Although we’ve long suspected that cybercriminals use data brokers to carry out attacks, we now have proof. Leaked chat logs show how the notorious ransomware gang Conti uses data brokers like ZoomInfo and SignalHire to find names and contact information for important individuals they may want to target, as well as contacts to “name drop.”
Hackers may sometimes also use employees’ family members’ information to sneak their way into corporate networks. In the recent Twilio phishing attack, threat actors used home and work phone numbers of not only employees but also their family members.
Besides social engineering, attackers may also use data broker information in password cracking attacks (many people use their name, birth date, or name of their pet, spouse, or kids as their passwords or answers to security questions) or spoofing campaigns.
Ideally, every organization today should have a professional OPSEC policy. There are two key steps to creating one:
This could be specific assets or people. In the case of assets, figure out what processes, for example, access control, are needed to protect them. When it comes to people, determine who is most at risk, i.e., executives, financial controllers, etc., from having their PII available on the open web.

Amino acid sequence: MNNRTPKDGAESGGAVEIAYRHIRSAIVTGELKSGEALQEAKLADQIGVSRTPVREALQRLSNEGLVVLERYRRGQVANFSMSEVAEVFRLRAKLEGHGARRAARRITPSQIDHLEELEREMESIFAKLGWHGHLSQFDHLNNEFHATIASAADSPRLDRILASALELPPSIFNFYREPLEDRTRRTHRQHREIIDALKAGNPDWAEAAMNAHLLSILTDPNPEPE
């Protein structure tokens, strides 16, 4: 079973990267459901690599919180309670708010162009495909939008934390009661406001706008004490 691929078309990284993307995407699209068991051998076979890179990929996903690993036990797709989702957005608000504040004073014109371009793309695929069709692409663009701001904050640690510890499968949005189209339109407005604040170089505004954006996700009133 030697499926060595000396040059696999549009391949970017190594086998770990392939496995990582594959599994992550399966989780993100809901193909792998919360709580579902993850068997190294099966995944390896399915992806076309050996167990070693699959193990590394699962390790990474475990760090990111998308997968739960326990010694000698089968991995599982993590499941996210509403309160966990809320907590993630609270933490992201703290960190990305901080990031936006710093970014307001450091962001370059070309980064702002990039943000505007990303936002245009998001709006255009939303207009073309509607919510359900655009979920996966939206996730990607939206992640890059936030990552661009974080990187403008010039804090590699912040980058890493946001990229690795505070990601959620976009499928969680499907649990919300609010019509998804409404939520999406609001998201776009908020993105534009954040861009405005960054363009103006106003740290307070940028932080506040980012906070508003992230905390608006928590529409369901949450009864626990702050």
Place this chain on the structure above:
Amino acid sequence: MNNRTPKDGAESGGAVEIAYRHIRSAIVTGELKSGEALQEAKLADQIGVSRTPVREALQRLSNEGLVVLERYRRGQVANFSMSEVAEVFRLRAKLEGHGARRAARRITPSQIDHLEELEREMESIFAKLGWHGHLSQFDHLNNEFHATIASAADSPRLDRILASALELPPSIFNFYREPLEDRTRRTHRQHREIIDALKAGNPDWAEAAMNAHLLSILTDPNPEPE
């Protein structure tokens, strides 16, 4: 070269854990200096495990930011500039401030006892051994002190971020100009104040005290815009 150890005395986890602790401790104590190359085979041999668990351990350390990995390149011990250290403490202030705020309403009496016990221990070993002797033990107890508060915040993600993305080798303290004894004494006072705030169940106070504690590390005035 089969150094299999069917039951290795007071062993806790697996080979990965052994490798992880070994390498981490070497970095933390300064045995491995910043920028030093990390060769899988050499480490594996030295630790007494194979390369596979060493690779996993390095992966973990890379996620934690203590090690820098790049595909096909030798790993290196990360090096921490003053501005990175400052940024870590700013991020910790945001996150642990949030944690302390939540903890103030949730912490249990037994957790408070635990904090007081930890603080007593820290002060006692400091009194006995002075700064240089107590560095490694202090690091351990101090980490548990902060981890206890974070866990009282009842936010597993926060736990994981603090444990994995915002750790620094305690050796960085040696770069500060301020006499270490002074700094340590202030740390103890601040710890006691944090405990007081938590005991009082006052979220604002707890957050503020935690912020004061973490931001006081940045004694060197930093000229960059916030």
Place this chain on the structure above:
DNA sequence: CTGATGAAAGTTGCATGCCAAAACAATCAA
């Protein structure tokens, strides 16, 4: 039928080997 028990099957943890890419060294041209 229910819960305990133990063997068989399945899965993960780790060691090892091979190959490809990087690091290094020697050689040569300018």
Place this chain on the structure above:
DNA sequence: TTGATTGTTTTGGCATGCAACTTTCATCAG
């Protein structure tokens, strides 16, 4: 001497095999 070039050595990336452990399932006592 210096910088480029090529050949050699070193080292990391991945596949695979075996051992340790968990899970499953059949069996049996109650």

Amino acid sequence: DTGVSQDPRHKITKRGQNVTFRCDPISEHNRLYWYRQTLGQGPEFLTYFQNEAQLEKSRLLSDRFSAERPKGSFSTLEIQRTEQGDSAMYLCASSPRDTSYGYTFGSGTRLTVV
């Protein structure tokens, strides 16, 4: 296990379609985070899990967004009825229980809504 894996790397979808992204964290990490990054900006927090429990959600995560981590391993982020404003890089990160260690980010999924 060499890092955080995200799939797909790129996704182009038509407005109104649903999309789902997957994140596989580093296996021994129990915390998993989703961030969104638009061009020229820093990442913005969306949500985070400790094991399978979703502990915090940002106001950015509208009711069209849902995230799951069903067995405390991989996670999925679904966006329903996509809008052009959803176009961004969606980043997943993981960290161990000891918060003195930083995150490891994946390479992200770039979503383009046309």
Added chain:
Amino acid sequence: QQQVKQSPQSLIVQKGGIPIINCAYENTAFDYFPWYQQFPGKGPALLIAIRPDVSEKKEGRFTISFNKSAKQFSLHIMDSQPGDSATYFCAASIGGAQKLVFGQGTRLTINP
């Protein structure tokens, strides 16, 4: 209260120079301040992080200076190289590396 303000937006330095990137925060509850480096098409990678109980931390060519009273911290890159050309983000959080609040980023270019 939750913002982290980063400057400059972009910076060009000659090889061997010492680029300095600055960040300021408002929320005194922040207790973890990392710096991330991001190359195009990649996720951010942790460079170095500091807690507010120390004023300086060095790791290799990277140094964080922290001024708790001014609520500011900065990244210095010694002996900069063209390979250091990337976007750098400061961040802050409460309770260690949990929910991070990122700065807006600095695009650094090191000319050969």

However, while you may want to start with the riskiest people, there’s no way of knowing who cybercriminals might target. For example, if a state-sponsored actor were to attack a government agency, they probably wouldn’t attack the agency itself but rather secondary/tertiary suppliers to that agency. And in the Twilio attack, hackers went after employees’ family members, not just employees themselves.
The threats facing work-from-home employees differ from those facing staff at a physical office. For instance, because many remote workers use personal laptops, malware attached to a phishing email that targets them personally could infect their entire corporate network.
As a result, it is crucial that organizations understand their employees’ operational environment and create educational programs that are aligned with them as well as with the things they’re trying to protect.
Remote work has changed how people work. Outside the physical walls of an office, employees are not only more likely to accidentally divulge confidential information to strangers that may later be used for nefarious purposes. They are also more likely to carelessly click on a phishing email—especially if it is embellished with personal information and appears to come from a trustworthy source.
Unfortunately, as our lives have become progressively more digital, the amount of personal data available about us on the surface web has also grown. This is great news for cybercriminals, who increasingly use employee PII to hack into corporate networks. But it’s disastrous for organizations because traditional cybersecurity measures are no longer enough to stop the bad guys from getting in.
DeleteMe is built for organizations that want to decrease their risk from vulnerabilities ranging from executive threats to cybersecurity risks.